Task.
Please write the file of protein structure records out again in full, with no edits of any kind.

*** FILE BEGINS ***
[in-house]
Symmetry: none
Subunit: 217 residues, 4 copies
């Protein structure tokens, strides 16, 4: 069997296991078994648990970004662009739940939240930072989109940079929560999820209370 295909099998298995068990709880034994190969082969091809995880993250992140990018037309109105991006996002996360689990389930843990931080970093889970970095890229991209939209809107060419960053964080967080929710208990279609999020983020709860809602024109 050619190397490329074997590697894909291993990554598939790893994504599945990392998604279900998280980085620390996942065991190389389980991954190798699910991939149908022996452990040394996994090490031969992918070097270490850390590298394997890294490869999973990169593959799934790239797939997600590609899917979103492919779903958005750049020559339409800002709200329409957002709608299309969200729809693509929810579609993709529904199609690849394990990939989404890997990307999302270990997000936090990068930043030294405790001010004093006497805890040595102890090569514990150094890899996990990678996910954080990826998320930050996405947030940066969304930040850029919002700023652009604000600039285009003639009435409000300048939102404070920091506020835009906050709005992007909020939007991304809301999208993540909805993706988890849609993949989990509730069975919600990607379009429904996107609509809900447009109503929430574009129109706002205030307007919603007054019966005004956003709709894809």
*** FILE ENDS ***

[in-house]
Symmetry: none
Subunit: 217 residues, 4 copies
């Protein structure tokens, strides 16, 4: 069997296991078994648990970004662009739940939240930072989109940079929560999820209370 295909099998298995068990709880034994190969082969091809995880993250992140990018037309109105991006996002996360689990389930843990931080970093889970970095890229991209939209809107060419960053964080967080929710208990279609999020983020709860809602024109 050619190397490329074997590697894909291993990554598939790893994504599945990392998604279900998280980085620390996942065991190389389980991954190798699910991939149908022996452990040394996994090490031969992918070097270490850390590298394997890294490869999973990169593959799934790239797939997600590609899917979103492919779903958005750049020559339409800002709200329409957002709608299309969200729809693509929810579609993709529904199609690849394990990939989404890997990307999302270990997000936090990068930043030294405790001010004093006497805890040595102890090569514990150094890899996990990678996910954080990826998320930050996405947030940066969304930040850029919002700023652009604000600039285009003639009435409000300048939102404070920091506020835009906050709005992007909020939007991304809301999208993540909805993706988890849609993949989990509730069975919600990607379009429904996107609509809900447009109503929430574009129109706002205030307007919603007054019966005004956003709709894809």